Democracy, Radical Democracy, and Anarchism—A Discussion
anarchist movement |
domingo mayo 13, 2018 14:41 by Wayne Price
Review of Markus Lundstrom, Anarchist Critique of Radical Democracy
Reviewing Lundstrom's "Anarchist Critique of Radical Democracy" leads to a discussion of what "radical democracy" could mean and whether anarchists should support it. Some anarchists oppose "democracy" of any sort because they regard "majority rule" as inherently oppressive and un-anarchist. This view is criticized and rejected in favor of a view of anarchism as democracy without a state.
While it is conventional to regard “democracy” as supremely good, there is a great deal of unclarity over what it actually means, in theory and in practice. This little book by Markus Lundstrom addresses that topic. it begins with a discussion of “radical democracy.” It ends with a review of “democracy” from the viewpoint of various anarchists. In between it applies radical democratic theory to a 2013 rebellion (“riot”) in a multi-national town in Sweden.
I will call the existing state form in the U.S. and Europe “bourgeois democracy.” (It is also called “representative democracy,” “liberal democracy,” “parliamentary democracy,” and so on.) It functions together with a capitalist, market-based, and completely undemocratic, economy. (The ideological rationalization of the capitalist economy is not a claim to “democracy” but to “freedom.”) Anarchists are in revolutionary opposition to capitalism and to all versions of its state, including bourgeois democracy. The question is what should be raised as an alternative.
“Radical democracy” is used by some reformists to mean “extending democracy” in bourgeois democracy. “Democratic socialists” (reformist state socialists) wish to create a more representative and democratic form of the existing semi-democratic state. And they wish to expand “democracy” economically by using this improved state. They suggest nationalizing some industries, regulating others better, promoting worker representation on corporate boards, promoting cooperatives, etc. Lundstrom quotes Chantal Mouffe advocating “a profound transformation, not a desertion, of existing institutions.” (80) Whatever the value of such reforms (and whatever the likelihood of achieving them), such a program does not break radically with bourgeois democracy.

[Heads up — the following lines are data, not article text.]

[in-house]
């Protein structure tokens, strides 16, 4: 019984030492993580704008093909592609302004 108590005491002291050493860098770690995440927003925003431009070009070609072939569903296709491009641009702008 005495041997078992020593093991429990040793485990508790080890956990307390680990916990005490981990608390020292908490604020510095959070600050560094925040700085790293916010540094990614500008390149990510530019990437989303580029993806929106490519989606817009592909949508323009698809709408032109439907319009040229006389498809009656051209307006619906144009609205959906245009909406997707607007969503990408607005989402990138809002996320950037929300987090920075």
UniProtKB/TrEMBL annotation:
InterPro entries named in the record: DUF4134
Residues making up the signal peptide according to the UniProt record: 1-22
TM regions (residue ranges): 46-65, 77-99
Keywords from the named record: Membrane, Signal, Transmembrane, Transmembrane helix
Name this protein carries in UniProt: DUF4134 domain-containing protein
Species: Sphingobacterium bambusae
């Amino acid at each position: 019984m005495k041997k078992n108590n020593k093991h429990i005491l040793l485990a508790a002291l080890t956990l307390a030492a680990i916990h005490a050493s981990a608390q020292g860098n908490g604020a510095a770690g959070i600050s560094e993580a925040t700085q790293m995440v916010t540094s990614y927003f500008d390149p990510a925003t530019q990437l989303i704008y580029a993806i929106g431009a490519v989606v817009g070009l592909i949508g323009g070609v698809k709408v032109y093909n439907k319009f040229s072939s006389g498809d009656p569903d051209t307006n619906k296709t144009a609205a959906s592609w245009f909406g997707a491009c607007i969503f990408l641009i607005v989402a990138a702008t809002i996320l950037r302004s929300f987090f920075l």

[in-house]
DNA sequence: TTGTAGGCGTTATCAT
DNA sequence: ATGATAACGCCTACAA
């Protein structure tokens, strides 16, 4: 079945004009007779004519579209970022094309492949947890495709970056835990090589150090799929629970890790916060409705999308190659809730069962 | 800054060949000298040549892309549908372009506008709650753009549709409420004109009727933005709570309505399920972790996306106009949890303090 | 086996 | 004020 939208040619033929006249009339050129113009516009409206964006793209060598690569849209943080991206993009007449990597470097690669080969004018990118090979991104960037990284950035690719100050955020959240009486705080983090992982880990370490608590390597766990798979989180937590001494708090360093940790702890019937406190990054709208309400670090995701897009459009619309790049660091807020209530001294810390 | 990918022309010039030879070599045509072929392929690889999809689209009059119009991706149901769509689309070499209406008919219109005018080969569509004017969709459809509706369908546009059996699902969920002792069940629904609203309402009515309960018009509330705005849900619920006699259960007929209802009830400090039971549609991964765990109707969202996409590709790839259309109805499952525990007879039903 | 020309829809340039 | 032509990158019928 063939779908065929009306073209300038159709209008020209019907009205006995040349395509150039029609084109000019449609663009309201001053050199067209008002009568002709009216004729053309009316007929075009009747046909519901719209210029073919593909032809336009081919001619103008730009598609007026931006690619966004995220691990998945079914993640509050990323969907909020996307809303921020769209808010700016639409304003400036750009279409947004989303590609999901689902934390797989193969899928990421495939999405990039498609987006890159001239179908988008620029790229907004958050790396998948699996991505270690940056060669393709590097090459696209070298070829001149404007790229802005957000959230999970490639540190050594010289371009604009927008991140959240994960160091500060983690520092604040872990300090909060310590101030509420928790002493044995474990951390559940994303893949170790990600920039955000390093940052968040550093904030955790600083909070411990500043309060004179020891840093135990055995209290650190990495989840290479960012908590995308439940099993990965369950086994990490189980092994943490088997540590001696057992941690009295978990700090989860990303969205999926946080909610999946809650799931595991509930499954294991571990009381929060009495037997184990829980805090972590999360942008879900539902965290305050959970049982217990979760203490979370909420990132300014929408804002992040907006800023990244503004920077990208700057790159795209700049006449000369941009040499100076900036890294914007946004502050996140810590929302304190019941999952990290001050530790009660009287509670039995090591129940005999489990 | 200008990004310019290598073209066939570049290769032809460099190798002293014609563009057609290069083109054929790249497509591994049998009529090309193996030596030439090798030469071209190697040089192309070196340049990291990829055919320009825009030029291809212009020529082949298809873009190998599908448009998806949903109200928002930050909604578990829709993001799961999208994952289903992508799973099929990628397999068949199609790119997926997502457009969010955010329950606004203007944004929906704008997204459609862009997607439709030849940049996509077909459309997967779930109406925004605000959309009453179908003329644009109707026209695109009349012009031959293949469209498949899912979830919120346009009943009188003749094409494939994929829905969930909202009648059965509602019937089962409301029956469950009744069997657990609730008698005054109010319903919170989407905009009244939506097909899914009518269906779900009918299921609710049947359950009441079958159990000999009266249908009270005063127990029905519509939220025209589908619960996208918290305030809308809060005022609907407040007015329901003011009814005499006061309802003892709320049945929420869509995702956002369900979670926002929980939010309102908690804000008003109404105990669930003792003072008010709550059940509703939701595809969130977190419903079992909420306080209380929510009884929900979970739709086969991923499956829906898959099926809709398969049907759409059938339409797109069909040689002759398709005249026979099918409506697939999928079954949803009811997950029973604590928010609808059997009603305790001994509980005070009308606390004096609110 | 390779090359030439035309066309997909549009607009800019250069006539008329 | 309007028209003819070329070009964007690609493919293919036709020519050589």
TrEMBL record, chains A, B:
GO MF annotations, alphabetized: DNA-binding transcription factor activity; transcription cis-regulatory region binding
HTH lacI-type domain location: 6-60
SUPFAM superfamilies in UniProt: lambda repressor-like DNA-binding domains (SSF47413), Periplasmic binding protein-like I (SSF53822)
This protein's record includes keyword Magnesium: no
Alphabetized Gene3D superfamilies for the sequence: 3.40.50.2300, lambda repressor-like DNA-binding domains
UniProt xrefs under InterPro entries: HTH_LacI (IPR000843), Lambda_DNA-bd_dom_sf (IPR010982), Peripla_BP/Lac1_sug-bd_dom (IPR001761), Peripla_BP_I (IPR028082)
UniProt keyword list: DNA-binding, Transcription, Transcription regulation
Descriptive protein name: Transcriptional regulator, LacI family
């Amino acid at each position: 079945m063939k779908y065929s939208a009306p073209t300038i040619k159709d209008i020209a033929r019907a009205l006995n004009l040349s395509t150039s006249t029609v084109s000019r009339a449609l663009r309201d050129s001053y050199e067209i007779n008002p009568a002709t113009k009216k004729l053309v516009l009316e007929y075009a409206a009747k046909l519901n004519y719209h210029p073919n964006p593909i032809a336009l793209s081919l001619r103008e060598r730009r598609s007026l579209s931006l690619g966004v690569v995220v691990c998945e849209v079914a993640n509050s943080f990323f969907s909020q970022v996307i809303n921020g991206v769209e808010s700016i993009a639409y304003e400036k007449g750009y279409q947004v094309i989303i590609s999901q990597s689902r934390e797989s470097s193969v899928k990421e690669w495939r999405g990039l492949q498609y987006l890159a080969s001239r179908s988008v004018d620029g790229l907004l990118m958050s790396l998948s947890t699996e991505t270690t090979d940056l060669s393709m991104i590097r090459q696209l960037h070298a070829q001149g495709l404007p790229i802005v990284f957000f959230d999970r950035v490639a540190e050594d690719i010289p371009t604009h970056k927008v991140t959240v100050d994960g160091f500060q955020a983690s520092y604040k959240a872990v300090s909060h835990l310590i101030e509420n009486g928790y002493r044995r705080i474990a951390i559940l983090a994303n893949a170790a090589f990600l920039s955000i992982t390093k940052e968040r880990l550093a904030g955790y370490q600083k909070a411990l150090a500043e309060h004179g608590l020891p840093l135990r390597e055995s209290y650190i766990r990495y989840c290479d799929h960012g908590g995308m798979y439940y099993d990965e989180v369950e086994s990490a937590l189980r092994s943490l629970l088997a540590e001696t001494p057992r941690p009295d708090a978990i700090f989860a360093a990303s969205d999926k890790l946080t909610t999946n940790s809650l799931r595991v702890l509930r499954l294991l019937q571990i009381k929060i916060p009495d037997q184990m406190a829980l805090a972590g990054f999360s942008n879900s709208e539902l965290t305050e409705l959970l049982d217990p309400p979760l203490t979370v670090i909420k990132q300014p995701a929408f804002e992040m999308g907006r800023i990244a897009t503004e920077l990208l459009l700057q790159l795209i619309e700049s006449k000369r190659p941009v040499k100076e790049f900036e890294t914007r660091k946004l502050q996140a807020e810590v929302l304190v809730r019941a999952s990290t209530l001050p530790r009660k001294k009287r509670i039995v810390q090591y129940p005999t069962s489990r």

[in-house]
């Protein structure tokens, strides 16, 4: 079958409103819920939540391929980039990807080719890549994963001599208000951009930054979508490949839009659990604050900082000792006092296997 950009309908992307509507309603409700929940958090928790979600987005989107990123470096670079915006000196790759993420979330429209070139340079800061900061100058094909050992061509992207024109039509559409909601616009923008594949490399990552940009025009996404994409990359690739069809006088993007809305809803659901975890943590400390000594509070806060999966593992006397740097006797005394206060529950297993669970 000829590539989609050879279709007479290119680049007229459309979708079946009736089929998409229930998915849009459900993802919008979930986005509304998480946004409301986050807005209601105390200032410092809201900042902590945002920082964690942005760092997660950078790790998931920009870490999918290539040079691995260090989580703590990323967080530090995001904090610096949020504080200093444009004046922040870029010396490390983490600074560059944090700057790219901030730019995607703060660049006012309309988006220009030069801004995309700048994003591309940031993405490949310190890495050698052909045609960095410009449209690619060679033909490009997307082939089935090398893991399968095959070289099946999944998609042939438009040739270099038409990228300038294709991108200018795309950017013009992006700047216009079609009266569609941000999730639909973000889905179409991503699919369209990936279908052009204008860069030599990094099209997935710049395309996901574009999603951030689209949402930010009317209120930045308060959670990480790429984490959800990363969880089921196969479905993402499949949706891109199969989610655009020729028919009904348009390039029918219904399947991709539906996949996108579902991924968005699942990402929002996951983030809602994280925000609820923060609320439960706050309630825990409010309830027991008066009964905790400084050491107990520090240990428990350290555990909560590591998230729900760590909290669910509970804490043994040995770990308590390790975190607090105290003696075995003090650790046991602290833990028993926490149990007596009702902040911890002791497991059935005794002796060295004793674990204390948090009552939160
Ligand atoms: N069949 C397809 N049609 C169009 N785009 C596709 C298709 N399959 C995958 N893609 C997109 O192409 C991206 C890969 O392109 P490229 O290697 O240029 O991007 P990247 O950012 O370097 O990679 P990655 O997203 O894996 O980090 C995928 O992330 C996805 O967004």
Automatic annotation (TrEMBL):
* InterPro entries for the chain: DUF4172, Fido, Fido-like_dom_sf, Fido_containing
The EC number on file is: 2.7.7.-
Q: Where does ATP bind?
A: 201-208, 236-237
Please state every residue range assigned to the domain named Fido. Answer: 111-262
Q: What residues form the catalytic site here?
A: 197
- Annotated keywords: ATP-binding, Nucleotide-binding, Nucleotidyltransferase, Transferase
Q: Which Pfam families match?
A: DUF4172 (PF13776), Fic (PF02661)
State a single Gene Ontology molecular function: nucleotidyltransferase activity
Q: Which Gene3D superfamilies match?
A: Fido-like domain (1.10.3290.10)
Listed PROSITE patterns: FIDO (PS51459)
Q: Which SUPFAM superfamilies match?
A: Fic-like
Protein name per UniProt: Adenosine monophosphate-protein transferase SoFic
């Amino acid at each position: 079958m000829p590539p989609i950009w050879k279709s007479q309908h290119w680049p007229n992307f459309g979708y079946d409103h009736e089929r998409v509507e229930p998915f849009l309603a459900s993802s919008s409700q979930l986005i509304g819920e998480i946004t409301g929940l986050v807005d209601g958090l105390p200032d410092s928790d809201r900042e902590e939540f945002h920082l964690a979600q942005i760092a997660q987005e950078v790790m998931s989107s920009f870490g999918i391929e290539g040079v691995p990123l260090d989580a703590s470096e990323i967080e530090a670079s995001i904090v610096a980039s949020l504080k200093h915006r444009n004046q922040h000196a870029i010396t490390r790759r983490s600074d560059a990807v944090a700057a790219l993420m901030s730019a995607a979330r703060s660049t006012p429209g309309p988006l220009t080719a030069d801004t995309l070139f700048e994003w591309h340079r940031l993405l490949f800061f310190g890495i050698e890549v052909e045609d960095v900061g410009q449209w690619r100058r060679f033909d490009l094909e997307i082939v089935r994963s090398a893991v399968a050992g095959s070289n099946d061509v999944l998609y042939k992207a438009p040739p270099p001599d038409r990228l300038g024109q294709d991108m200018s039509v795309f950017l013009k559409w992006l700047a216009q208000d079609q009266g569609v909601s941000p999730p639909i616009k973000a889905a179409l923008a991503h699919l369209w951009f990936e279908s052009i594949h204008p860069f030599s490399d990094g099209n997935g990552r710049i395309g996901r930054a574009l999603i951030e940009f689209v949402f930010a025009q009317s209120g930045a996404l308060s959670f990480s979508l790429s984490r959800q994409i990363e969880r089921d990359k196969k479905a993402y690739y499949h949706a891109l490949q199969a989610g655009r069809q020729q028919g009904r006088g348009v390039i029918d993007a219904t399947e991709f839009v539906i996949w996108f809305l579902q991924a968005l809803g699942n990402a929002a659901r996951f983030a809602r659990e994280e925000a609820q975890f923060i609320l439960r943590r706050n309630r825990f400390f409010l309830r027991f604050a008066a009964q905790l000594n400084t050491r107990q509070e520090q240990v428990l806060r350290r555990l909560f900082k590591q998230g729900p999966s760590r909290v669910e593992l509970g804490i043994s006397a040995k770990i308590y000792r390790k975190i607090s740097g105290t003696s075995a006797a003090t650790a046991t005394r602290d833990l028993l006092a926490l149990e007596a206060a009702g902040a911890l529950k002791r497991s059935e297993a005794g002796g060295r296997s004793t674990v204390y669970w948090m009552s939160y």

Others use “radical democracy” to indicate a vision of an alternate society. This includes workplace councils in socialized industries, popular assemblies in neighborhoods, and self-managed voluntary associations. Everyone participates. Decisions are made through face-to-face direct democracy. Councils and assemblies are associated through networks and federations. It is claimed that modern technology has the potentiality to fit such a council system. In the opinion of myself and others, this conception of radical democracy is entirely consistent with the mainstream of anarchist tradition—and with a view of anarchism as being extreme democracy without a state.